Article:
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Best Game Ever – Dynamite Headdy

posted on May 1st, 2006 by jay

Developer: Treasure
Publisher: Sega for the Genesis
Released: 1994

Our hero soon escapes…

A few days ago while looking for a game to force my girlfriend to play I popped in Dynamite Headdy. I knew it would be too hard for her but figured she may appreciate how strange and creative it is. It was and she did, and more importantly I was reminded of how great the game is. That very night while surfing game forums I read of the Treasure Box for the PS2, which was a collection of Gunstar Heroes, Alien Soldier and Dynamite Headdy. Wait, what ever happened to it? I remembered reading about the collection months ago but then forgot about it. Did it come out already and if so why wasn’t it out here? It turns out we got the shaft and only the Japanese are able to enjoy Treasure’s best Genesis games (or as they would incorrectly refer to it, the Mega Drive).

It seemed Dynamite Headdy was everywhere I went. Time to do a search for it, I figured. Before the search I wasn’t sure I’d do a best game ever write up. Then I found a Treasure fan page that doesn’t drool all over the game and I knew I had to. How dare a fan page call Dynamite Headdy “nothing special,” or say “there’s not much to set this game apart from other games of its time.” The bosses “aren’t anything special,” are they? And the music in the game is just “not very good”?

I was outraged. The game deserved a write-up before my outrage but the outragedness is what actually drove me into action. Ignore the self proclaimed Treasure experts, Dynamite Headdy is amazing. I should explain this more clearly: the developer was Treasure, a mighty team if there ever was one. These guys brought us Gunstar Heroes, Guardian Heroes, Radiant Silvergun and Ikaruga. Maybe you’ve never heard of most or any of these games, they tended to put stuff out on Sega consoles which as a rule are doomed to failure, but take my word for it that these titles are all classics.

but is then chased down along with his rebel puppet friends.

Headdy is not a game from my youth, which is a sure sign it was pretty obscure since I rented about 200 different Genesis games. I first played it a few years ago on an emulator and then rushed out (to my computer) to buy it on eBay. Since then I have shown it to every friend I can convince to sit down and wait while I blow into the cartridge. Most have been almost as impressed as I.

The gameplay mechanics aren’t radically different from any other platformer. Headdy jumps from ledge to ledge avoiding pits and spikes while smiting his enemies…with his head. Using your head as a weapon may not change the gameplay dramatically, but it is one of the many small things that make Headdy a very original game. Mario wears suits, Sonic wears things he gets from TVs, and Headdy changes heads. There are 18 heads in all; each has its own power.

Boss battles in the game are often very creative as are the bosses themselves. The first boss is a giant hotdog-dog that lands in front of a symphony playing the Nutcracker then releases deadly caterpillars. The next boss is a giant wooden doll that changes costumes and with each new outfit gains different powers. Between donning new clothes, the doll dances like a robot and/or an Egyptian, of course. The reoccurring boss, Trouble Bruin, attacks Headdy in all sorts of robotic contraptions. Perhaps my favorite boss is the Gate Keeper, who prances lightly around when you first meet. Simply dodge his skips and hops by not allowing the overwhelming amount of pink in his outfit to break your concentration. After defeating his first fancy free form, however, the world crumbles around Headdy and the Gate Keeper returns. And god damn is he evil and hard as hell the second time around.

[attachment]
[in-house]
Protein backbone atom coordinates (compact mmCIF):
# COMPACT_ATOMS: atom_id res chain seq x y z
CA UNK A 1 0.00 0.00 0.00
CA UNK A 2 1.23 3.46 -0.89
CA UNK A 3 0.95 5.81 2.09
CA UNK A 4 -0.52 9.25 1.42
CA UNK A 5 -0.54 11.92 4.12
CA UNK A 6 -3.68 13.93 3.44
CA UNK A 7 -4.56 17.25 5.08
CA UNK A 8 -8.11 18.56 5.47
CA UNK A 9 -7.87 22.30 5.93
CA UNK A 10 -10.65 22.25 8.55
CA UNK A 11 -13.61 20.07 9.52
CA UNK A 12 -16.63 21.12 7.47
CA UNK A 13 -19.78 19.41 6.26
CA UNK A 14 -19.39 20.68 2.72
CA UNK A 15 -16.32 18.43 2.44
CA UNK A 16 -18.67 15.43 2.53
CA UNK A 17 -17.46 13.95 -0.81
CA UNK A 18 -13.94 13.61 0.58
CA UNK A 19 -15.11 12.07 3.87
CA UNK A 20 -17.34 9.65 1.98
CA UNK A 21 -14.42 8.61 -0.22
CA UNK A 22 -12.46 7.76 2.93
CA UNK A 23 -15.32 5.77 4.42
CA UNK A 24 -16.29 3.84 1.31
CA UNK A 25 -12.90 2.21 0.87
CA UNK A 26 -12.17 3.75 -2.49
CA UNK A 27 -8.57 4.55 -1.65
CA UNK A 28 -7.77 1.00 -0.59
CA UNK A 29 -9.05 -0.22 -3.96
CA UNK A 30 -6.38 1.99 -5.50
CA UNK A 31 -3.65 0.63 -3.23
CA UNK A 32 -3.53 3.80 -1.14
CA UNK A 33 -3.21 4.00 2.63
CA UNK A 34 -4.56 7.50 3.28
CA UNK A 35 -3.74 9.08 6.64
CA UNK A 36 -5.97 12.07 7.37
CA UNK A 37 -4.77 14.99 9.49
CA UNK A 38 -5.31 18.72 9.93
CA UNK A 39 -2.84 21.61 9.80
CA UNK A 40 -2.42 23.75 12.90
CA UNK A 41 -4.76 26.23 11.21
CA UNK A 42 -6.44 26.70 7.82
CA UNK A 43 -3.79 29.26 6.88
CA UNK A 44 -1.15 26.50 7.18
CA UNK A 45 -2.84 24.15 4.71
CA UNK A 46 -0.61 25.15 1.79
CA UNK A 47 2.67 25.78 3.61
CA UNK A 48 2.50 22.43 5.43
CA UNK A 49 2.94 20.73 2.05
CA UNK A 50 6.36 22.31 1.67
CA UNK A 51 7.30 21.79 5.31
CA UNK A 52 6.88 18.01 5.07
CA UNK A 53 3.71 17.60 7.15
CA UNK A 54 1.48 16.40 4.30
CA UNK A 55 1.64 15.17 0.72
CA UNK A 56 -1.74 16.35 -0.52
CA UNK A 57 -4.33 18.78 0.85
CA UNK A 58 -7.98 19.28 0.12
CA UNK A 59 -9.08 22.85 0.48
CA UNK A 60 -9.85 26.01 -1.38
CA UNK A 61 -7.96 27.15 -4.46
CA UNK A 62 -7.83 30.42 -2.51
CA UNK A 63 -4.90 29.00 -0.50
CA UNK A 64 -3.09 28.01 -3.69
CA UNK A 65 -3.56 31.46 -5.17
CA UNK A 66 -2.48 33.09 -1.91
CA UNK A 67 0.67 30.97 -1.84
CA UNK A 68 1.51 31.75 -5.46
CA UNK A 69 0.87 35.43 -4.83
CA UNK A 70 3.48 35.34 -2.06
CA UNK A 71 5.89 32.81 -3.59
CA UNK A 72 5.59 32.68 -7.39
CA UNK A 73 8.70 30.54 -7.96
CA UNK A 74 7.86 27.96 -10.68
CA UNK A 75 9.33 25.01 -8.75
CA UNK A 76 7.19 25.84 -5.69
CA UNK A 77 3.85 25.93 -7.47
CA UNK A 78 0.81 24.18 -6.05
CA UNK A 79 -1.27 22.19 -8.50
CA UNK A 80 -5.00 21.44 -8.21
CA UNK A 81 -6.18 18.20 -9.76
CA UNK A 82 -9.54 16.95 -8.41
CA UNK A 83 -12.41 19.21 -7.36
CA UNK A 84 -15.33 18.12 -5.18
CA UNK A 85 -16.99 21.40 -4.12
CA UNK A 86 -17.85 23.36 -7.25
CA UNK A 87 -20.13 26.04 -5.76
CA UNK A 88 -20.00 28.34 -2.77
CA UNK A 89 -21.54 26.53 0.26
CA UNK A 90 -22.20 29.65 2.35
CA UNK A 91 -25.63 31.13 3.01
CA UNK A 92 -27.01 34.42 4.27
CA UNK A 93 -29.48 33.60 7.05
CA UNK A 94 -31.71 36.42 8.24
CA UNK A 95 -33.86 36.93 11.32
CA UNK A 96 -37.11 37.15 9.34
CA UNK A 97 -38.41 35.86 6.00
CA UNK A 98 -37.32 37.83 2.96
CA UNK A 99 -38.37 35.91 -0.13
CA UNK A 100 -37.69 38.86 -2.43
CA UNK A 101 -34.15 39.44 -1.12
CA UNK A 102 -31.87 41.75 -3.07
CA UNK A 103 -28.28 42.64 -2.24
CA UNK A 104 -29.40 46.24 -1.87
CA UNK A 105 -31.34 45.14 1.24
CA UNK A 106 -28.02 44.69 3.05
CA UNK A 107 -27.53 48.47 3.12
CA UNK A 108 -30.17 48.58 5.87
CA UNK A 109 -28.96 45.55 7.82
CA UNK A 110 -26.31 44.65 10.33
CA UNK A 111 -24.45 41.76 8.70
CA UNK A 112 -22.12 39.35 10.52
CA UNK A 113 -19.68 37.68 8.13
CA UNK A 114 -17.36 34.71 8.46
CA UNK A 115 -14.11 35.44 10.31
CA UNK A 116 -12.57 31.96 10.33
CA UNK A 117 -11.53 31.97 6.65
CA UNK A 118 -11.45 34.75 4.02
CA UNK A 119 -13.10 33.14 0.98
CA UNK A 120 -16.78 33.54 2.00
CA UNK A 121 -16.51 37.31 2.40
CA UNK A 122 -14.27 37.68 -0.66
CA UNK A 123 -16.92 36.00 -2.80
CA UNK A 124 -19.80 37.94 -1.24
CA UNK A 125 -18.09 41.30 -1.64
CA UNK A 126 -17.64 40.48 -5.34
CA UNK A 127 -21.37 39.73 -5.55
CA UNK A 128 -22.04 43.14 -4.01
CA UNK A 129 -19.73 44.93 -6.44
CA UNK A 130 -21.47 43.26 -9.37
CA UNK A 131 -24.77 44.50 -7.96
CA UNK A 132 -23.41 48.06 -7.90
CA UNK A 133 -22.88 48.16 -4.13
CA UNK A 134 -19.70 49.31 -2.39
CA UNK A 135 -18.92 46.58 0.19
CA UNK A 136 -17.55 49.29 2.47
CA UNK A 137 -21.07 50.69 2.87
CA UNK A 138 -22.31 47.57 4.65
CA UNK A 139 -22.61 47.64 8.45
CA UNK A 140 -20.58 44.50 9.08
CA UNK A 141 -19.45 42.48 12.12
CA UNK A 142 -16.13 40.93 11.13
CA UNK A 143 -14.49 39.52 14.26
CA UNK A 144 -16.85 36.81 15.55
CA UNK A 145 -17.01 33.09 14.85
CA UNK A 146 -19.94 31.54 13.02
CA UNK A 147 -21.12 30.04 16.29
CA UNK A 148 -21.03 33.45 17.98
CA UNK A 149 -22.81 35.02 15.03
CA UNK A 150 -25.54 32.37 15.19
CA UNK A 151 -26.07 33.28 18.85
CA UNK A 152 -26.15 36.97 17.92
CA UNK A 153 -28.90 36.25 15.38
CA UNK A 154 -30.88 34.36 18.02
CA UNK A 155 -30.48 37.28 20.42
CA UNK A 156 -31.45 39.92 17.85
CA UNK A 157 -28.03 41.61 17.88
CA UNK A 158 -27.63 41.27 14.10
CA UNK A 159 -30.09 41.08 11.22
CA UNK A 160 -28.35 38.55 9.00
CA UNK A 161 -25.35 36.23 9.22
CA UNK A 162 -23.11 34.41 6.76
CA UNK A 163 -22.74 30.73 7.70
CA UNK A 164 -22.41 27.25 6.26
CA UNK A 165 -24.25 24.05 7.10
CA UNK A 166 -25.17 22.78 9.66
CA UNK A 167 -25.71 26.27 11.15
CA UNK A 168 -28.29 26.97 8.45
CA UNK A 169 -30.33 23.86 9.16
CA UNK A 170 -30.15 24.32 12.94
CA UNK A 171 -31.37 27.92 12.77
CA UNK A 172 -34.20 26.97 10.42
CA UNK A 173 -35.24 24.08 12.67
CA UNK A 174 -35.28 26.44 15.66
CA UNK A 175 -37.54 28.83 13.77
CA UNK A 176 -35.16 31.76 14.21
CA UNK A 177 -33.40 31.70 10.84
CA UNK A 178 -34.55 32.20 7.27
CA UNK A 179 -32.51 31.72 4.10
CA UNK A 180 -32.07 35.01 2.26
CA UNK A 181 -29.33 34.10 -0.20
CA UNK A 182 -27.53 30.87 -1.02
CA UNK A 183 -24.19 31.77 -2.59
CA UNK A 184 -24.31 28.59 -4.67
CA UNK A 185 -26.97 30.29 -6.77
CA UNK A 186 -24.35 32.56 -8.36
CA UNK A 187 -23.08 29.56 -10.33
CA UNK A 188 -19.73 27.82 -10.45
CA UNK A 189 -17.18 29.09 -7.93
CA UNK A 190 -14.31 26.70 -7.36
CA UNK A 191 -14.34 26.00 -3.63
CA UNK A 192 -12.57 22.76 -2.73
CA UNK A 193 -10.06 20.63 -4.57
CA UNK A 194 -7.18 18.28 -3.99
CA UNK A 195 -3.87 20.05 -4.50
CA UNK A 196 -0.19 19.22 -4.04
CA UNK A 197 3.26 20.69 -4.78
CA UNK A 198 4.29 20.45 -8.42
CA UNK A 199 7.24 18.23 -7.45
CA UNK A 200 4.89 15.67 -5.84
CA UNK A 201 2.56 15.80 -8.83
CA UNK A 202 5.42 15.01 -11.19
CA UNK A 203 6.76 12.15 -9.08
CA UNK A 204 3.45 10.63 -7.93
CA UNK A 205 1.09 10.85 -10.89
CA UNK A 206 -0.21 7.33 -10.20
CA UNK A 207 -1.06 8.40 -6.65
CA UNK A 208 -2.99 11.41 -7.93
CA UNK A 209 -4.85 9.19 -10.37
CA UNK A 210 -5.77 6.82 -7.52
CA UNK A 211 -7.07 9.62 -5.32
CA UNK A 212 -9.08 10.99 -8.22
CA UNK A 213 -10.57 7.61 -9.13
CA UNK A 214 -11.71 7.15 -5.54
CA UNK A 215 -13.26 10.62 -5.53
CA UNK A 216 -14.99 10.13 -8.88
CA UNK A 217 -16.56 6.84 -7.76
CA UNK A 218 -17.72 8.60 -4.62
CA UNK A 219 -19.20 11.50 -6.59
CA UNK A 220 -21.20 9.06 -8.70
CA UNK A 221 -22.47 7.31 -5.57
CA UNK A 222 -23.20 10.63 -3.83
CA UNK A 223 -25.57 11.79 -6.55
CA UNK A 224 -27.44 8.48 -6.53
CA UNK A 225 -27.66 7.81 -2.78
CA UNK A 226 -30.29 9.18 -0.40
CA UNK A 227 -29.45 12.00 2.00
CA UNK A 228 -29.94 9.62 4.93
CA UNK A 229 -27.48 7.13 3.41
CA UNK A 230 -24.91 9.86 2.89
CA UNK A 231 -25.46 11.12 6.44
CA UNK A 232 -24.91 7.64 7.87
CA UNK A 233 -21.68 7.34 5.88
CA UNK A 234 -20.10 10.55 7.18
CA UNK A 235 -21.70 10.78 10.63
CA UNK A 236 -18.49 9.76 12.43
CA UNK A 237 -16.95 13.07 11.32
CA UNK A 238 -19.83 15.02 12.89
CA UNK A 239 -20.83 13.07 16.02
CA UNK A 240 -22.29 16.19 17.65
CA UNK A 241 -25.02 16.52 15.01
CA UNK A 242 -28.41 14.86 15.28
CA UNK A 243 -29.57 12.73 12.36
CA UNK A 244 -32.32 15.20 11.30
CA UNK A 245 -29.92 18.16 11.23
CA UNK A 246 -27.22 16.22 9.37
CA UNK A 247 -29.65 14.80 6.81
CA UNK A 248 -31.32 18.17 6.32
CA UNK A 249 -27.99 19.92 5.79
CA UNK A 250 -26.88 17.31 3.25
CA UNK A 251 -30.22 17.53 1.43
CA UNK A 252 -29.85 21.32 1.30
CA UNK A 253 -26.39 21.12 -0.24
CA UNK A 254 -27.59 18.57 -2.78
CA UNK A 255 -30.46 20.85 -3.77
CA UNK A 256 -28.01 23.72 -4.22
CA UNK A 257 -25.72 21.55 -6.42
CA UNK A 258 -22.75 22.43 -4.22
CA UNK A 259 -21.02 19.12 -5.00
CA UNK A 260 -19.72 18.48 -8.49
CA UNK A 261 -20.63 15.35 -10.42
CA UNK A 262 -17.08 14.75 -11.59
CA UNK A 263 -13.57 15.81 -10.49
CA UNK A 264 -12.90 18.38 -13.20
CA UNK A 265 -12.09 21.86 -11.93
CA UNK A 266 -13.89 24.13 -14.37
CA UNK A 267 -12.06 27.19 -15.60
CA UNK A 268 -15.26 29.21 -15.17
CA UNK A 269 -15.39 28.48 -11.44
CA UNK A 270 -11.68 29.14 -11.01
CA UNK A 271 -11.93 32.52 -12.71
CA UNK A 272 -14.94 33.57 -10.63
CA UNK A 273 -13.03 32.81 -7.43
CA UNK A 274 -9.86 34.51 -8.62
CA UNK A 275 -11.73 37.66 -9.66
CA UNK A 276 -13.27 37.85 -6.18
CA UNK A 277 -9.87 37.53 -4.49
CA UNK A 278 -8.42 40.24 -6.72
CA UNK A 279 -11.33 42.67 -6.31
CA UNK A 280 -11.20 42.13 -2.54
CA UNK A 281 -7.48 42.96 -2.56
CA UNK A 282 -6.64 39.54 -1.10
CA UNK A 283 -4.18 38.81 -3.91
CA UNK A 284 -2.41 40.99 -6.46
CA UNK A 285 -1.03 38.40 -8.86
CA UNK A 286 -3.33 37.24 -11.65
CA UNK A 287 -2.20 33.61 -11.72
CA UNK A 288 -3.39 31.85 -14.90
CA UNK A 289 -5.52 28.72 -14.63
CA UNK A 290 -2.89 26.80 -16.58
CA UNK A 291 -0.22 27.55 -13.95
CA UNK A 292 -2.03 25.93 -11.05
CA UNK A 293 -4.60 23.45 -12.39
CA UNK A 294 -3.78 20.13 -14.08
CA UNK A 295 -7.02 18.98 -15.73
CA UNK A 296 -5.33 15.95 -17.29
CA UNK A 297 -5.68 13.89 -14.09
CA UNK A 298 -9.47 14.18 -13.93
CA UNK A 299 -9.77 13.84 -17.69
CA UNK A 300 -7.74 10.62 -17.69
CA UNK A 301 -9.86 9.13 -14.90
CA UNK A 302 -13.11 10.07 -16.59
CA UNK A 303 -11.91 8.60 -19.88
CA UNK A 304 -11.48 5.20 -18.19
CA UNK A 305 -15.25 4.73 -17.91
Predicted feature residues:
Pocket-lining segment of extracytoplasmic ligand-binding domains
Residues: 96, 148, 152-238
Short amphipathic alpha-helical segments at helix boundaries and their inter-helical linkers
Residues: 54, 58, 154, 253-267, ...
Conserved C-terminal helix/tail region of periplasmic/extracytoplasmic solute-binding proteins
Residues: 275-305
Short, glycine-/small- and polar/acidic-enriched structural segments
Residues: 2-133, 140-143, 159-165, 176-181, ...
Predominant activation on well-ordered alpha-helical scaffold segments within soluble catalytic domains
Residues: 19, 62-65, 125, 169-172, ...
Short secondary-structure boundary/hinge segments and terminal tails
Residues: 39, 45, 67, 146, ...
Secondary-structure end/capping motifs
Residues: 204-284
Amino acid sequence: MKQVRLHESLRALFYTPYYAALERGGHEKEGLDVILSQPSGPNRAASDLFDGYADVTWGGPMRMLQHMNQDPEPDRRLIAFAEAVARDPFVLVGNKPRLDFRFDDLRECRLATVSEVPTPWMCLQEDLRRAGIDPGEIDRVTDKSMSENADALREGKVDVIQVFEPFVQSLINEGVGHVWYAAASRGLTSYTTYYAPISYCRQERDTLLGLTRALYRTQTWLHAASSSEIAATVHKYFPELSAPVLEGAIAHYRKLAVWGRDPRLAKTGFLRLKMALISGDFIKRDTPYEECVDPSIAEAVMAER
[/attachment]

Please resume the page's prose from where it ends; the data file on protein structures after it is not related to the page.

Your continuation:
White puppets can’t jump, but they can still play basketball if they have detatchable heads.

Dynamite Headdy is a Treasure game so it looks great. Everything is very bright and colorful, which was reportedly hard to do on the Genesis due to its limited color palette. In addition to standard good graphics, Treasure likes to pull off graphical tricks. I don’t think there is any real 3D in the game (though I’m not certain) but it has a good share of simulated 3D. Rotating platforms, spiraling cylindrical towers and a whole boss fought on a spinning battle field make you question that you’re playing a Genesis game.

The music isn’t always amazing, but there are a number of good tunes. Since I’m a video game music junkie, it’s only fair I post some of my favorites. Here you go:

Song 1 – This strange track is laden with sound effects and is one of the first songs the player hears upon starting the game.

Song 2 – I don’t usually like happy music unless its absurdly upbeat. This is.

Song 3 – Super metal boss track.

Song 4 – Love that walking bass line.

These guys pull the next set on screen while Trouble Bruin prepares to smite Headdy.

Ultimately, what makes Dynamite Headdy one of the best games ever is its atmosphere. The setting is a stage and backgrounds are all visibly props. New ones come into view as scenes change, carpet is rolled out in front of you before battles, Headdy climbs above stage through the lighting, and there is a boss battle behind the stage. The attention to the graphical design is impeccable and really makes the game so much more than a standard platformer. Also indispensable is the game’s sense of humor. At one point you enter a bosses arena and on the wall behind you reads “Welcome to the Battle Show. Special guest puppet tonight.” It’s a tongue in cheek game that really puts on a show for the player. I can’t think of another 2D platformer that was so amusingly aware of itself.

If you haven’t met Heather, Hangman, Headcase, Beau and Headdy yet then you’re missing out.

Stop missing out.

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